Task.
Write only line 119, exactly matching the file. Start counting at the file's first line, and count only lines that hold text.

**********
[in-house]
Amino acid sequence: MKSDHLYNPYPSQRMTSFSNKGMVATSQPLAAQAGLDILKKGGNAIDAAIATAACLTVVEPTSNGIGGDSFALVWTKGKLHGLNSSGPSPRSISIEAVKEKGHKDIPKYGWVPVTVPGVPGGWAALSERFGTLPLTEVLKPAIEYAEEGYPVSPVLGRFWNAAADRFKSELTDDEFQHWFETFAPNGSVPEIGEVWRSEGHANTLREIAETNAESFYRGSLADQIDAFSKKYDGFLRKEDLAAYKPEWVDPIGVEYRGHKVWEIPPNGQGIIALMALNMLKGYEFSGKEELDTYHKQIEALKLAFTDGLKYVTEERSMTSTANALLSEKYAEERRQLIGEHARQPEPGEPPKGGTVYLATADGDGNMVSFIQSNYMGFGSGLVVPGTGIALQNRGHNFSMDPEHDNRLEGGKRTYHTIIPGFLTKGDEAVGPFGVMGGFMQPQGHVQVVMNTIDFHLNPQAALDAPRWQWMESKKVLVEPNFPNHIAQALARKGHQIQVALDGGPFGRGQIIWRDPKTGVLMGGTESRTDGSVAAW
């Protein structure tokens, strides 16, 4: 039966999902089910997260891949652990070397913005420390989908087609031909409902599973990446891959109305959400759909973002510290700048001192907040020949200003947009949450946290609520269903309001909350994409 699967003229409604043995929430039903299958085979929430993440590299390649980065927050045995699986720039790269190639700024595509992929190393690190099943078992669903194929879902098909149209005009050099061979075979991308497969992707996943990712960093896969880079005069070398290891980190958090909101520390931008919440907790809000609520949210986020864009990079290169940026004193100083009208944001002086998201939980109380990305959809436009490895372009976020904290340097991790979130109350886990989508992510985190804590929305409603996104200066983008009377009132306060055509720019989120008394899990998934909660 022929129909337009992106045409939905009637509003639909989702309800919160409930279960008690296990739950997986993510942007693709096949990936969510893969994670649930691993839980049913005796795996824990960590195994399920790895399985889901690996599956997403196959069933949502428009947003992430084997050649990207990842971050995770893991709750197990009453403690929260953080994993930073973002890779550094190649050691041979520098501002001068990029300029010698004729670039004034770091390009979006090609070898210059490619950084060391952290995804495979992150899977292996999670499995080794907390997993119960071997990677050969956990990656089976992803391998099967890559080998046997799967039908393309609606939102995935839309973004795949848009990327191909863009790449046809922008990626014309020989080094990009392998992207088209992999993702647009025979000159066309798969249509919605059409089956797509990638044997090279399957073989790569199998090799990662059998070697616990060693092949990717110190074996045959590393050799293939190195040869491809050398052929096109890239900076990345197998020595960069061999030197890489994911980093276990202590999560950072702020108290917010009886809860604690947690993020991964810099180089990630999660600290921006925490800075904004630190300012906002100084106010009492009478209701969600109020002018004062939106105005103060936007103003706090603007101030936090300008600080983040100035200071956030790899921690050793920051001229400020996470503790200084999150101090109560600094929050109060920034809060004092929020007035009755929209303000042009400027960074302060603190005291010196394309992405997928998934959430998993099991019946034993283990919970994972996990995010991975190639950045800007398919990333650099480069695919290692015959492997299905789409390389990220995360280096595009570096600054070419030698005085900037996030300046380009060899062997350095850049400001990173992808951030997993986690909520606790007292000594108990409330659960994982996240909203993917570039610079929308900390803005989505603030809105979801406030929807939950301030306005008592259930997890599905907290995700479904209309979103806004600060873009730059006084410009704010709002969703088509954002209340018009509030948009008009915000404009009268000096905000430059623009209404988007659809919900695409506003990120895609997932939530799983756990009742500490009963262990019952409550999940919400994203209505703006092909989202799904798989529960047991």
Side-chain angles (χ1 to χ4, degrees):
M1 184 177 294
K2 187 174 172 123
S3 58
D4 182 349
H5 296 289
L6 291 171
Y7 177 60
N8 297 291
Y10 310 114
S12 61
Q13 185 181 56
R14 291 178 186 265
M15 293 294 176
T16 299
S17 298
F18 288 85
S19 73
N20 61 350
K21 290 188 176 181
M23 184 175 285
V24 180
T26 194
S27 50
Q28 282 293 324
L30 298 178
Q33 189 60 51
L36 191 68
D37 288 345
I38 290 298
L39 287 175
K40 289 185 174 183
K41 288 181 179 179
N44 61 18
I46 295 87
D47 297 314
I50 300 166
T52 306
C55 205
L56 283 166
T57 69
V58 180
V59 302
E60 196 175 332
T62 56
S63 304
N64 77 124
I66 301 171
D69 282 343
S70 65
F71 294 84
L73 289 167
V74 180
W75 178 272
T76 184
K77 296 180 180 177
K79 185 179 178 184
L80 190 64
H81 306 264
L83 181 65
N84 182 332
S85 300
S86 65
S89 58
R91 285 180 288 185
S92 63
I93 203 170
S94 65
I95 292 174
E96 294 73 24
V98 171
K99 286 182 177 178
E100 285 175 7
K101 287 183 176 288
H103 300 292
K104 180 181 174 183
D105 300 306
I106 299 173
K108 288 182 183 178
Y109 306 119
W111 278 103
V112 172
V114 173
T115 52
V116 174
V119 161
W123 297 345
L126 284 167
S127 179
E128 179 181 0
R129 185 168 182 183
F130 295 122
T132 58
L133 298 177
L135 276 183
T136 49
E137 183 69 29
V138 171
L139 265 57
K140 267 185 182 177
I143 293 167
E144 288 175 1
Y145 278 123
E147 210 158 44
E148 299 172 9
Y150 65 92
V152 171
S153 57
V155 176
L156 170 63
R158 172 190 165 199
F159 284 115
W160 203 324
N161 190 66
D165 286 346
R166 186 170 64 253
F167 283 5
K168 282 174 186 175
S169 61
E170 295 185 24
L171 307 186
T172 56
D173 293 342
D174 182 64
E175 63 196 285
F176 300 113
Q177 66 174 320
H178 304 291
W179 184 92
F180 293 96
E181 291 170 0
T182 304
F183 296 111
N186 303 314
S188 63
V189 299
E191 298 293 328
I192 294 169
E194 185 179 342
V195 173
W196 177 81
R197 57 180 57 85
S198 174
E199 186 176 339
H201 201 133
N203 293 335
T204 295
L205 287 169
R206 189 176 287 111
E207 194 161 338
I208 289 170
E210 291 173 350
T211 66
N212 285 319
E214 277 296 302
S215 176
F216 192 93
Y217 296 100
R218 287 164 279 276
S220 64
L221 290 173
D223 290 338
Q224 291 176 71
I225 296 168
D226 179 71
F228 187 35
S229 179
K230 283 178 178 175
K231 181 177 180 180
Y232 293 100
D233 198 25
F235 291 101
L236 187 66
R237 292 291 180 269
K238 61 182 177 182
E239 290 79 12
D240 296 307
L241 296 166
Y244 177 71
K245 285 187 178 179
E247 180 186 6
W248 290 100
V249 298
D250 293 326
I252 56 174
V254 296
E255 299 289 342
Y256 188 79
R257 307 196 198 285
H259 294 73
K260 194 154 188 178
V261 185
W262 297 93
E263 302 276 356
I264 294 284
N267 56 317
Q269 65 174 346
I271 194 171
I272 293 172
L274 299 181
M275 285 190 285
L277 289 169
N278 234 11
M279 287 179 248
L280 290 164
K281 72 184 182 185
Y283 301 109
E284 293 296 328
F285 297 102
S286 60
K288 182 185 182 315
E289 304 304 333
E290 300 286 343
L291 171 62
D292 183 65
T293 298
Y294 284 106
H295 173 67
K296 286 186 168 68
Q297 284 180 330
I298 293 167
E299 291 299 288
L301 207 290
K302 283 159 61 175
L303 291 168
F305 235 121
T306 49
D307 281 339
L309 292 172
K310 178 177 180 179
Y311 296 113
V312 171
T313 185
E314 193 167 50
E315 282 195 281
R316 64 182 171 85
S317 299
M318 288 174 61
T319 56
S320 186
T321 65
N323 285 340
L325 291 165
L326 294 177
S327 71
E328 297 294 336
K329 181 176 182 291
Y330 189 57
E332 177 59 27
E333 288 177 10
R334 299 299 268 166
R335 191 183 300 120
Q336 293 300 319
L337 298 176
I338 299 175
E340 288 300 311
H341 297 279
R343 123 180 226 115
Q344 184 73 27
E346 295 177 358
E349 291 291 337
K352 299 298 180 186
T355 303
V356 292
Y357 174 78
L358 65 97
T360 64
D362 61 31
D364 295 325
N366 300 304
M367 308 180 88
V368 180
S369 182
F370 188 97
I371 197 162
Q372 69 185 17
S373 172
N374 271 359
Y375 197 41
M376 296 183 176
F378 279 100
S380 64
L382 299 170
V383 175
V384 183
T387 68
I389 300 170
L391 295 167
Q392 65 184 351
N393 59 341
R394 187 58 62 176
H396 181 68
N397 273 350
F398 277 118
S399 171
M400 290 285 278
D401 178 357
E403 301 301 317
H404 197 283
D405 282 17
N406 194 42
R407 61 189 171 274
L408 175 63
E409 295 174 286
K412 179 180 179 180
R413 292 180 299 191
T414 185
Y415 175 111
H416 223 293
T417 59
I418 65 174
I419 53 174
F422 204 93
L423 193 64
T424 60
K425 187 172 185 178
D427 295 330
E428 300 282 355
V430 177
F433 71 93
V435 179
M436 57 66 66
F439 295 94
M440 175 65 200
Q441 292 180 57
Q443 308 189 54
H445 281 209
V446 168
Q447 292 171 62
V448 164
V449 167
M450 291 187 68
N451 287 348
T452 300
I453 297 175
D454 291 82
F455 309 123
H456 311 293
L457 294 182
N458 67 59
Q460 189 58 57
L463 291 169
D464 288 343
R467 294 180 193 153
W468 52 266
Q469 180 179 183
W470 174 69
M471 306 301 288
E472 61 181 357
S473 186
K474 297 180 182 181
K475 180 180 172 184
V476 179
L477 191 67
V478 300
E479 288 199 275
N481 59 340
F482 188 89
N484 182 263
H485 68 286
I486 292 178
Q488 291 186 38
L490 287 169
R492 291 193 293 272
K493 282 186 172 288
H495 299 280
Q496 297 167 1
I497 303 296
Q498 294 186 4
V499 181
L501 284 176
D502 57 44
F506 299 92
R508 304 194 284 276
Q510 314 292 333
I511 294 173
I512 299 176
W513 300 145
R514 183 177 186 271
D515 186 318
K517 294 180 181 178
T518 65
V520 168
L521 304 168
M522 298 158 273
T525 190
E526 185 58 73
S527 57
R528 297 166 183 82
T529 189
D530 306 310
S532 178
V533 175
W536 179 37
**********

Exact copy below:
R166 186 170 64 253